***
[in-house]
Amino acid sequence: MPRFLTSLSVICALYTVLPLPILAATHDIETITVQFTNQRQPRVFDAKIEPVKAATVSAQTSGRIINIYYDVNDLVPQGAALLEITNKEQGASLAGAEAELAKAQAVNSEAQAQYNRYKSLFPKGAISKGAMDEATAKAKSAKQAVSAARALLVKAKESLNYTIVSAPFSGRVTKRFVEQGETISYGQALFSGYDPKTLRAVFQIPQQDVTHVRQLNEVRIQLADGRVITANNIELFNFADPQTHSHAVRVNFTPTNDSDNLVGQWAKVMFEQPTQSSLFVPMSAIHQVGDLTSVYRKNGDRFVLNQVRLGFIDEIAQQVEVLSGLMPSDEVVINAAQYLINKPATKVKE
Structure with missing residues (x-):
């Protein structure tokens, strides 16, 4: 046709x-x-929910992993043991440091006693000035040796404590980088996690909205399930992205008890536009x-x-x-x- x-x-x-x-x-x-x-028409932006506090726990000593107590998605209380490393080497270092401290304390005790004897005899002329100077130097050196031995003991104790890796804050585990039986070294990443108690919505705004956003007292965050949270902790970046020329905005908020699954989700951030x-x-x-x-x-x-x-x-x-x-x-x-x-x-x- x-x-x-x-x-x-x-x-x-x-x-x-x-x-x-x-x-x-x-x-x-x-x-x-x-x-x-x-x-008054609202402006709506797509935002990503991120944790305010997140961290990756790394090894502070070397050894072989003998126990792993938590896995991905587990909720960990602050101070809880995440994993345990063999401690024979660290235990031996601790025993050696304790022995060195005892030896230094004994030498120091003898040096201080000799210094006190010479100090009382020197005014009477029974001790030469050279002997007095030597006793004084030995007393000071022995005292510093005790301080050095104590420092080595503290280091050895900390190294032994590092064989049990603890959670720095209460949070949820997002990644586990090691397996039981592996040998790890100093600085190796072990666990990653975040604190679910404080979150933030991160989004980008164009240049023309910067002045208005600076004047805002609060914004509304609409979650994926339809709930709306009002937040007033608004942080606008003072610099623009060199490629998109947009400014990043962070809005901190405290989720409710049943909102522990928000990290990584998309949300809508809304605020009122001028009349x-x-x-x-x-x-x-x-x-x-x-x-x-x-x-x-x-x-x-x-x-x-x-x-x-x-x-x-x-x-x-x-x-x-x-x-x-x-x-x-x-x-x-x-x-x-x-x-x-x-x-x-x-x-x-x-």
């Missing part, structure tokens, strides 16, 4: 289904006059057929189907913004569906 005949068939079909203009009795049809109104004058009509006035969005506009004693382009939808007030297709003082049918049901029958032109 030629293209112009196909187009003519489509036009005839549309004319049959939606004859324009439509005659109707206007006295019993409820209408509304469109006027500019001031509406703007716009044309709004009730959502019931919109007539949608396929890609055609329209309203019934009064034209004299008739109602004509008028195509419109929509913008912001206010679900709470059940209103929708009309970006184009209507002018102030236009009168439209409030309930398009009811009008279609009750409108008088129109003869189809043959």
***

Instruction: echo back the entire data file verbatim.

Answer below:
[in-house]
Amino acid sequence: MPRFLTSLSVICALYTVLPLPILAATHDIETITVQFTNQRQPRVFDAKIEPVKAATVSAQTSGRIINIYYDVNDLVPQGAALLEITNKEQGASLAGAEAELAKAQAVNSEAQAQYNRYKSLFPKGAISKGAMDEATAKAKSAKQAVSAARALLVKAKESLNYTIVSAPFSGRVTKRFVEQGETISYGQALFSGYDPKTLRAVFQIPQQDVTHVRQLNEVRIQLADGRVITANNIELFNFADPQTHSHAVRVNFTPTNDSDNLVGQWAKVMFEQPTQSSLFVPMSAIHQVGDLTSVYRKNGDRFVLNQVRLGFIDEIAQQVEVLSGLMPSDEVVINAAQYLINKPATKVKE
Structure with missing residues (x-):
């Protein structure tokens, strides 16, 4: 046709x-x-929910992993043991440091006693000035040796404590980088996690909205399930992205008890536009x-x-x-x- x-x-x-x-x-x-x-028409932006506090726990000593107590998605209380490393080497270092401290304390005790004897005899002329100077130097050196031995003991104790890796804050585990039986070294990443108690919505705004956003007292965050949270902790970046020329905005908020699954989700951030x-x-x-x-x-x-x-x-x-x-x-x-x-x-x- x-x-x-x-x-x-x-x-x-x-x-x-x-x-x-x-x-x-x-x-x-x-x-x-x-x-x-x-x-008054609202402006709506797509935002990503991120944790305010997140961290990756790394090894502070070397050894072989003998126990792993938590896995991905587990909720960990602050101070809880995440994993345990063999401690024979660290235990031996601790025993050696304790022995060195005892030896230094004994030498120091003898040096201080000799210094006190010479100090009382020197005014009477029974001790030469050279002997007095030597006793004084030995007393000071022995005292510093005790301080050095104590420092080595503290280091050895900390190294032994590092064989049990603890959670720095209460949070949820997002990644586990090691397996039981592996040998790890100093600085190796072990666990990653975040604190679910404080979150933030991160989004980008164009240049023309910067002045208005600076004047805002609060914004509304609409979650994926339809709930709306009002937040007033608004942080606008003072610099623009060199490629998109947009400014990043962070809005901190405290989720409710049943909102522990928000990290990584998309949300809508809304605020009122001028009349x-x-x-x-x-x-x-x-x-x-x-x-x-x-x-x-x-x-x-x-x-x-x-x-x-x-x-x-x-x-x-x-x-x-x-x-x-x-x-x-x-x-x-x-x-x-x-x-x-x-x-x-x-x-x-x-």
């Missing part, structure tokens, strides 16, 4: 289904006059057929189907913004569906 005949068939079909203009009795049809109104004058009509006035969005506009004693382009939808007030297709003082049918049901029958032109 030629293209112009196909187009003519489509036009005839549309004319049959939606004859324009439509005659109707206007006295019993409820209408509304469109006027500019001031509406703007716009044309709004009730959502019931919109007539949608396929890609055609329209309203019934009064034209004299008739109602004509008028195509419109929509913008912001206010679900709470059940209103929708009309970006184009209507002018102030236009009168439209409030309930398009009811009008279609009750409108008088129109003869189809043959």